E ven after establishing herself as one of the top freerunners and parkour athletes in the world, Boulder's Erica Madrid still gets scared.
She chalked her hands nervously on Wednesday afternoon at Apex Movement in Boulder as she prepared to complete her signature move, "The Madrid."
"This is a solid mat, right?" she said motioning to the thick blue mat below her feet before jumping up to grasp a horizontal black pipe eight feet off the ground.
She swung back and forth to gather momentum before flipping once and grabbing another pipe behind her.
"My adrenaline," she said, laughing, after jumping back down to solid ground, putting her hand on her chest to feel her heartbeat.
Madrid recently returned from the 2012 Red Bull Art of Motion competition on Santorini, Greece, a parkour competition featuring the best in the world. She was one of three females invited to the competition and one of 21 total competitors from 10 countries.
Now 21, Madrid picked up parkour at age 18 after stints in gymnastics and skateboarding.
Parkour is a loose umbrella term that describes the art of movement, or training the body and mind to overcome obstacles. Athletes often use the term freerunning interchangeably with parkour, though Madrid says freerunning encompasses the more creative sides of the sport--break dancing, gymnastics, "b-boying" and more.
Though she's been perfecting the tricks, jumps, flips and twists that comprise parkour, she admitted that still being scared is often what motivates her.
Her friend and Apex Movement founder Ryan Ford agreed, adding that fear is just a part of the sport.
"That's the point of what we do," Ford said. "Scare yourself at least once everyday, that's what I say."
Though she didn't place in the top eight at the Red Bull Art of Motion competition, she and Ford had a blast traveling around Europe, doing handstands at the Parthenon and other parkour moves at international landmarks.
Madrid competed in gymnastics until she reached a breaking point in high school, when she no longer wanted to balance the hours of training at the gym with homework and little sleep. She began showing up at the skate park every day after school instead, but it didn't replace the full-body workout she got from gymnastics.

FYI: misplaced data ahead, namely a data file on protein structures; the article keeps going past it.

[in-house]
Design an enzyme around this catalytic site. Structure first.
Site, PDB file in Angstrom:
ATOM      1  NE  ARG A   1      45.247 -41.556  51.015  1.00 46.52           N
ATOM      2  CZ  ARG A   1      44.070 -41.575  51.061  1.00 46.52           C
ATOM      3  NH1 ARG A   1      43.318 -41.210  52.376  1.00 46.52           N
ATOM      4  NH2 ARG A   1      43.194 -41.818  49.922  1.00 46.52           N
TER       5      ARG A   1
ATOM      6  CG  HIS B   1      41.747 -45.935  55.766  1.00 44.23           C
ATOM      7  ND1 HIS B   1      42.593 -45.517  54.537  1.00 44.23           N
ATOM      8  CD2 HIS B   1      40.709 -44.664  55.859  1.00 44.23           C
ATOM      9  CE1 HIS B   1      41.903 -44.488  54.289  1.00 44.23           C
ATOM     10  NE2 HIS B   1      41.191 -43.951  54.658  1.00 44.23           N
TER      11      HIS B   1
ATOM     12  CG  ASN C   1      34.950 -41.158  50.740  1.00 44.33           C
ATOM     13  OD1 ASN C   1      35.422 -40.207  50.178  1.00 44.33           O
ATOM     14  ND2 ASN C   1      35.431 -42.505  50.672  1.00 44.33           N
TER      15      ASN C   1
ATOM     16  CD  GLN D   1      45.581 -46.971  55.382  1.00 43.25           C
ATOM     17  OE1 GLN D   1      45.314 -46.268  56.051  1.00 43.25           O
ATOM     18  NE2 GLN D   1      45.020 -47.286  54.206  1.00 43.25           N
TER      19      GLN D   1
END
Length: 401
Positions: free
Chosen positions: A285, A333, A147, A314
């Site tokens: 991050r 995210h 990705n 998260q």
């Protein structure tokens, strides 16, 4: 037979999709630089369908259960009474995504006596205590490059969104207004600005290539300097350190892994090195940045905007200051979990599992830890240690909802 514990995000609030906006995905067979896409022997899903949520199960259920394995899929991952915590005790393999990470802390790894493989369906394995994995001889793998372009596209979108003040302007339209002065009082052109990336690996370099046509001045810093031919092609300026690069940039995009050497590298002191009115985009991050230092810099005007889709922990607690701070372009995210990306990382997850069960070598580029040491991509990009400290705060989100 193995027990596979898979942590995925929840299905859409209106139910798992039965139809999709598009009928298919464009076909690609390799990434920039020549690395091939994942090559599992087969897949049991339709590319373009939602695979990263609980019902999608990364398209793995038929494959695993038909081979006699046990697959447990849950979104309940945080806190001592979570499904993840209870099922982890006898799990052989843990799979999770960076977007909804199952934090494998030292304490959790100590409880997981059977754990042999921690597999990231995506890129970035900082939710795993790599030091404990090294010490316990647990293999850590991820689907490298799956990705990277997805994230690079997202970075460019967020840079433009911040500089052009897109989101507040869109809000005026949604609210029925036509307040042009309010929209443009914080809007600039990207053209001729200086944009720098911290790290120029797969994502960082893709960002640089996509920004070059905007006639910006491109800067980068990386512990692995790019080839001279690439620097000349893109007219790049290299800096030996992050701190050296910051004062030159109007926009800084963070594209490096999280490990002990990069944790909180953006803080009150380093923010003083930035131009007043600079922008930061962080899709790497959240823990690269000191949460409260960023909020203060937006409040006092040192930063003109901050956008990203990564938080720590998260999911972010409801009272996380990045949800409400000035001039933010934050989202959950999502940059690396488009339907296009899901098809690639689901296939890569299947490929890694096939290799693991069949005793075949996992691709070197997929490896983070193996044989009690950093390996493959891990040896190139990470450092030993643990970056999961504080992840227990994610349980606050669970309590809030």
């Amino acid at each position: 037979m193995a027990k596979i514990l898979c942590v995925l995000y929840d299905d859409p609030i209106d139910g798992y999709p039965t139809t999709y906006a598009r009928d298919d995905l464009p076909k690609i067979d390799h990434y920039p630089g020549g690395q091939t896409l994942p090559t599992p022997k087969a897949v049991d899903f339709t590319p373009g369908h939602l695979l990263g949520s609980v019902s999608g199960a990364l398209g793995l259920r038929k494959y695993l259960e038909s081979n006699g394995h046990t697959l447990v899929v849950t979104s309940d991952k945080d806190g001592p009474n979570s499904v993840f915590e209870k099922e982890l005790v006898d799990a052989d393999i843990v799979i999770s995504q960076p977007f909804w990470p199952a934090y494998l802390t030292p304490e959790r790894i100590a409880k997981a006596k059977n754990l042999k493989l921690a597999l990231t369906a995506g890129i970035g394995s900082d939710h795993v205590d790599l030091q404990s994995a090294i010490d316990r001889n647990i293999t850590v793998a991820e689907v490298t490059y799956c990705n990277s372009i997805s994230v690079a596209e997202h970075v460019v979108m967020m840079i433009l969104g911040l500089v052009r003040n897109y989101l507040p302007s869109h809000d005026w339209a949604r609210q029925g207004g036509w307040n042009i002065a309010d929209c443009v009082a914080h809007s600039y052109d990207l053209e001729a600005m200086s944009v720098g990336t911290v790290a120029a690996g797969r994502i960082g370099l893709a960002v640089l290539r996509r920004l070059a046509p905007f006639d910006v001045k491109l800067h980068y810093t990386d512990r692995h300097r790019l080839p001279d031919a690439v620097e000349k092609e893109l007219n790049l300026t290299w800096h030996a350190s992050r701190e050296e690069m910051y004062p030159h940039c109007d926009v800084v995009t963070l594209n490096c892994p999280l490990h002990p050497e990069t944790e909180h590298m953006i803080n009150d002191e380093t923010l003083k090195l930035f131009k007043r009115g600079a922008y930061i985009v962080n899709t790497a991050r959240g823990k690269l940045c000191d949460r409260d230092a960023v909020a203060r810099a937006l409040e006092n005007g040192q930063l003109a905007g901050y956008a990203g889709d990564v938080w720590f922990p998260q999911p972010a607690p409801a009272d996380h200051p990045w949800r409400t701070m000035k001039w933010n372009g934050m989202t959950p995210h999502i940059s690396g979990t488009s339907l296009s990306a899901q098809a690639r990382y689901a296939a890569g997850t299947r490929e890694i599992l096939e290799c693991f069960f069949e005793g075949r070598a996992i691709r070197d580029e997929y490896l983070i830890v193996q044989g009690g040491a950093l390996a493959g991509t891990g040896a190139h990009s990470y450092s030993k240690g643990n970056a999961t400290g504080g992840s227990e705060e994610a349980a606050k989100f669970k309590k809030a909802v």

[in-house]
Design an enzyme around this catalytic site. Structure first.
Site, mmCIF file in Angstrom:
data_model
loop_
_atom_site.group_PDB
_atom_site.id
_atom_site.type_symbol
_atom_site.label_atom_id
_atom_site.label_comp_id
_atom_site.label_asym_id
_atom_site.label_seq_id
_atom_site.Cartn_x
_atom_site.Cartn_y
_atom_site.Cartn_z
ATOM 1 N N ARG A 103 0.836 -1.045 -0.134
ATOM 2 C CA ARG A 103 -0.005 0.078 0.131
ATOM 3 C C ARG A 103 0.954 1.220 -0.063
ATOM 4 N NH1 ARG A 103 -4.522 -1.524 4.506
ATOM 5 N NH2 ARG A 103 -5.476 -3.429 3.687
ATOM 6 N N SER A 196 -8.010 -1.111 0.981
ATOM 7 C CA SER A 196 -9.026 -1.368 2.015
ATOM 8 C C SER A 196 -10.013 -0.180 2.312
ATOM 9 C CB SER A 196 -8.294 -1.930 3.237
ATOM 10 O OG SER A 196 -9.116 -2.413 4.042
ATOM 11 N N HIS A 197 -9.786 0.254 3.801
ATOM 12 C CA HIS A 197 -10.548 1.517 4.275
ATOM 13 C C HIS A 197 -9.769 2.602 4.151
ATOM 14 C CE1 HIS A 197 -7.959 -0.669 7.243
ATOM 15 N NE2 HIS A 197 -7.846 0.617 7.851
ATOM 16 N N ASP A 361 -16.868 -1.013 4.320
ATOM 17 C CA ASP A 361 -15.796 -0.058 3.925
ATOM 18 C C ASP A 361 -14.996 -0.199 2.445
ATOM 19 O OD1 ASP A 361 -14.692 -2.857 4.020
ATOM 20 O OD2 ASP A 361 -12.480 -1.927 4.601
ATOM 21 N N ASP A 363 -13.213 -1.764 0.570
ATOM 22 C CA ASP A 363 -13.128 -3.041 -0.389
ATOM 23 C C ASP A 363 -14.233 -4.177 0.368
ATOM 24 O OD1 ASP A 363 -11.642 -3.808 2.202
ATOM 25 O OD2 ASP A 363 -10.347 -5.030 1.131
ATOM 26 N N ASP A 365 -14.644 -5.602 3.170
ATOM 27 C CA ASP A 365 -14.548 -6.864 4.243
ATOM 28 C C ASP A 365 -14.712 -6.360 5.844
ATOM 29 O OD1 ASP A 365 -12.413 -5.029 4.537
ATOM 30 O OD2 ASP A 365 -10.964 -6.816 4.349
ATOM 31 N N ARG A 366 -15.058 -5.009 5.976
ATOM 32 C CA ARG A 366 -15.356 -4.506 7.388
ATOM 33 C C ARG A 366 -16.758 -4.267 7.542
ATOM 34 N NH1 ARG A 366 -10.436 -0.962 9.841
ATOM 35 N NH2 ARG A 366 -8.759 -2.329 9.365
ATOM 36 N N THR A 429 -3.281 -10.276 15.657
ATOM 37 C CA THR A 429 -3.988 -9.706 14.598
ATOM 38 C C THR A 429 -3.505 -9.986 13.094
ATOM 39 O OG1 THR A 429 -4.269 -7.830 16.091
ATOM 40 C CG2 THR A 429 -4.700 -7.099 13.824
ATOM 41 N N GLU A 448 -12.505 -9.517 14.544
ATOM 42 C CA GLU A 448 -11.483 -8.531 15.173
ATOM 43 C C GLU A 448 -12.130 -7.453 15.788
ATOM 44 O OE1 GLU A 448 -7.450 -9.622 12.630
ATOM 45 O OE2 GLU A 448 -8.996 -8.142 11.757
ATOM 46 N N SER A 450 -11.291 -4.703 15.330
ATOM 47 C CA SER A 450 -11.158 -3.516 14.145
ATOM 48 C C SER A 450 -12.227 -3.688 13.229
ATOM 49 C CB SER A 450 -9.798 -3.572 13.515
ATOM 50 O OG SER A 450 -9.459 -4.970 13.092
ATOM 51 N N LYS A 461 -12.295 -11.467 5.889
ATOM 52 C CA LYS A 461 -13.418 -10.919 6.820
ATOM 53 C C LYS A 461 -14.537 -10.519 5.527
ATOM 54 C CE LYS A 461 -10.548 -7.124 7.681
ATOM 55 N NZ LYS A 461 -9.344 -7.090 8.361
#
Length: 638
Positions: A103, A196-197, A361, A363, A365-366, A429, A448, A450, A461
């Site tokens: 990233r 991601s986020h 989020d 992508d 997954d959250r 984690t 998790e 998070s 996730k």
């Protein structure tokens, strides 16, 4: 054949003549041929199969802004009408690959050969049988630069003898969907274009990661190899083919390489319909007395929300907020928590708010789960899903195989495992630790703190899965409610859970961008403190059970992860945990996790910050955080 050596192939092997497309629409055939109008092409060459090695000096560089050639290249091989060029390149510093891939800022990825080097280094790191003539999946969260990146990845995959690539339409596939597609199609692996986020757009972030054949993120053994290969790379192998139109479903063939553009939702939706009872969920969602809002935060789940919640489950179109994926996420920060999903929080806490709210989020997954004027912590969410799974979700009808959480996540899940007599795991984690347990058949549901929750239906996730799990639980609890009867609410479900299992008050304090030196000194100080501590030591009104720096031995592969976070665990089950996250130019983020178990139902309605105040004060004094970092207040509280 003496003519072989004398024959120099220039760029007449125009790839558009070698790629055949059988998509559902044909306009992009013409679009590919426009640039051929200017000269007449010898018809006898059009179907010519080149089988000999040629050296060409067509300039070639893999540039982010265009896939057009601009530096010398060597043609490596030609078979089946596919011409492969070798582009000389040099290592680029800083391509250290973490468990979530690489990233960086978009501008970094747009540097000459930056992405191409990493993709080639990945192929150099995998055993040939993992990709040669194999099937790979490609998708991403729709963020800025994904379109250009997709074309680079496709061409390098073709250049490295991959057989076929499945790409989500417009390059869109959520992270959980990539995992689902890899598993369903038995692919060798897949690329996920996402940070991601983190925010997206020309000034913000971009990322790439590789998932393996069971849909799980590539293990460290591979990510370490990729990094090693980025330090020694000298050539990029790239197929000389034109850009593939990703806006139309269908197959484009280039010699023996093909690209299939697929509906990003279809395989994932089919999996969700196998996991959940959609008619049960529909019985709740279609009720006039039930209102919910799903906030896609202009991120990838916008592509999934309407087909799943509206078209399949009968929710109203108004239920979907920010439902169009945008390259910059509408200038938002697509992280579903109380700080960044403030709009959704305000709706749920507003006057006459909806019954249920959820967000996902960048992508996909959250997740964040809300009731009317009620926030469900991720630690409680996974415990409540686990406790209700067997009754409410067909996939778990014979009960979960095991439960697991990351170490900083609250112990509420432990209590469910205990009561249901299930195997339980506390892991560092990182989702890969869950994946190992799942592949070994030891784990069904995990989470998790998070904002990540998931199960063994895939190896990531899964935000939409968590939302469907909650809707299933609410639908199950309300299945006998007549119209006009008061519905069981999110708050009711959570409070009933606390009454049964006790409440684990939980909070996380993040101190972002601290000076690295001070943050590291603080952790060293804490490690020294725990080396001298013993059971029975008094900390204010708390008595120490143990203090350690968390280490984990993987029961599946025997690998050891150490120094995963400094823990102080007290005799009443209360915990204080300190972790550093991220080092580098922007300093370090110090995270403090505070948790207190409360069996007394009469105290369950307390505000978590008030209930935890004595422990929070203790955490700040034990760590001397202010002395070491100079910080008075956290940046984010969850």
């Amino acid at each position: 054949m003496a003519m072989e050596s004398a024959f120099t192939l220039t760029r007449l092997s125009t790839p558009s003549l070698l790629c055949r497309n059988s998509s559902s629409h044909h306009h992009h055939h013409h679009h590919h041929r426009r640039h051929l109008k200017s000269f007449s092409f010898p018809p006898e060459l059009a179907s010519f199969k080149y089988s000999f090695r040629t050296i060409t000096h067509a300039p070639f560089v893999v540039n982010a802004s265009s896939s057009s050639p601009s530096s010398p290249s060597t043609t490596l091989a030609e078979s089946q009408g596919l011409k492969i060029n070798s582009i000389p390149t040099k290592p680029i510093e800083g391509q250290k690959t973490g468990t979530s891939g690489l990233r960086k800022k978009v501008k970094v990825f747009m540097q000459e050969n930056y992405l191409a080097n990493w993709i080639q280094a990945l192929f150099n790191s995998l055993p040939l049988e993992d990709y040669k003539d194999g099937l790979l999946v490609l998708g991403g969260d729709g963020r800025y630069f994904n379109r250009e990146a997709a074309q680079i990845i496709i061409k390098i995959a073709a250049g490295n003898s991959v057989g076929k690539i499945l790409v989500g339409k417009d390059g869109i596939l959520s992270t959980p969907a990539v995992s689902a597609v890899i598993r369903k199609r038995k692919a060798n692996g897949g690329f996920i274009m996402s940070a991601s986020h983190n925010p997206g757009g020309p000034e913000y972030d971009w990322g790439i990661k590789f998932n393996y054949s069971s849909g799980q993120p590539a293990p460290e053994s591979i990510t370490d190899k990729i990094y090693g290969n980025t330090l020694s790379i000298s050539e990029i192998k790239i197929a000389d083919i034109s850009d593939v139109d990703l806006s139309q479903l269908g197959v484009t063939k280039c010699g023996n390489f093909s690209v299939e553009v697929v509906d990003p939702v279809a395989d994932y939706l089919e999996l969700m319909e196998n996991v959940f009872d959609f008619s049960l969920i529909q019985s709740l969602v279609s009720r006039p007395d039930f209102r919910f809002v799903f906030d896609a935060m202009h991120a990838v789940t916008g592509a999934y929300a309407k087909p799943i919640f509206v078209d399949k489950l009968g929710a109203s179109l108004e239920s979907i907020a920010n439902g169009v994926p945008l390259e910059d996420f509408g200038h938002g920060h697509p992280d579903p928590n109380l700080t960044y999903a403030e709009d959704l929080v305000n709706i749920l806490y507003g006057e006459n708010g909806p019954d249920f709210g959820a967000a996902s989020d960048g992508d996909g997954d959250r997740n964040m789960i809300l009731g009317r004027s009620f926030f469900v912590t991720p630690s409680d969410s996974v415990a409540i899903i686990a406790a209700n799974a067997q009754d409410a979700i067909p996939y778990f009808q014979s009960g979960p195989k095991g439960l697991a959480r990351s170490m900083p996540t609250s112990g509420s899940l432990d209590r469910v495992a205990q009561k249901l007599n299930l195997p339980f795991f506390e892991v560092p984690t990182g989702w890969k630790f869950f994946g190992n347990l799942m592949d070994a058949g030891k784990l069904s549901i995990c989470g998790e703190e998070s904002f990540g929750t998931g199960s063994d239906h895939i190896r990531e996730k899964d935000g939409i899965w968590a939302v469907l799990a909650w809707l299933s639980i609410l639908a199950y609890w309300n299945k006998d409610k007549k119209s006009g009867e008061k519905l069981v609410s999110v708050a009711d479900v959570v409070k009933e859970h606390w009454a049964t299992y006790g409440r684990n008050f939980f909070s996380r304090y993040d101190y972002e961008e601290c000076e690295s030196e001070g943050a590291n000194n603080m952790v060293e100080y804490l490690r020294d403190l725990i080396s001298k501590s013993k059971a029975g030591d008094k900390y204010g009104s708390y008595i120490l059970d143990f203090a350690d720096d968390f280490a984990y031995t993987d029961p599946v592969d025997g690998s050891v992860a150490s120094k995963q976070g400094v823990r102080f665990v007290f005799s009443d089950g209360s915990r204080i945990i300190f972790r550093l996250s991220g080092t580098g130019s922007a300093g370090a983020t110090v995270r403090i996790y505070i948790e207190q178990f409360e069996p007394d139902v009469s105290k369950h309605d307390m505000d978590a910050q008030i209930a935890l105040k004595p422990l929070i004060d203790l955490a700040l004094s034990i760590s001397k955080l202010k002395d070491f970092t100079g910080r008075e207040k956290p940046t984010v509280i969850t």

She discovered Apex Movement and reveled in the freedom parkour gave her during open gym. Ford approached her, and asked her to start coming to more classes.
As a gymnast, she was forced to perfect the same skills as everyone else, and complete them perfectly in competition.
"Freerunning is so much more open-minded and creative," she said. "You can literally do anything you want. There's always room to make something else up or improve. In parkour and freerunning there is no right and wrong. Even if you mess up there's always a way to recover."
Her mom, Karen Smith, was only slightly surprised when her daughter approached her about taking up parkour and freerunning.
As she watched Madrid take up both skateboarding and parkour, traditionally male-dominated sports, Smith said she was amazed by her daughter's drive to succeed at the same level as her male competitors and friends.
"She never wanted to be awesome for a girl," Smith said from her home in Aurora. "She wanted to be as good as the guys."
Madrid doesn't feel any pressure from being a trailblazer for women in her sport. As she stood among the pipes, boxes, platforms and mats at the gym, she talked excitedly about how she's carving her own path. With no one ahead of her setting records or creating standards, Madrid is leading the charge for female freerunners worldwide.
"There's a freedom to it," she said. "You don't get stuck following everyone else. It forces you to be creative and do things your own way."
--Follow Sarah Kuta on Twitter: @SarahKuta.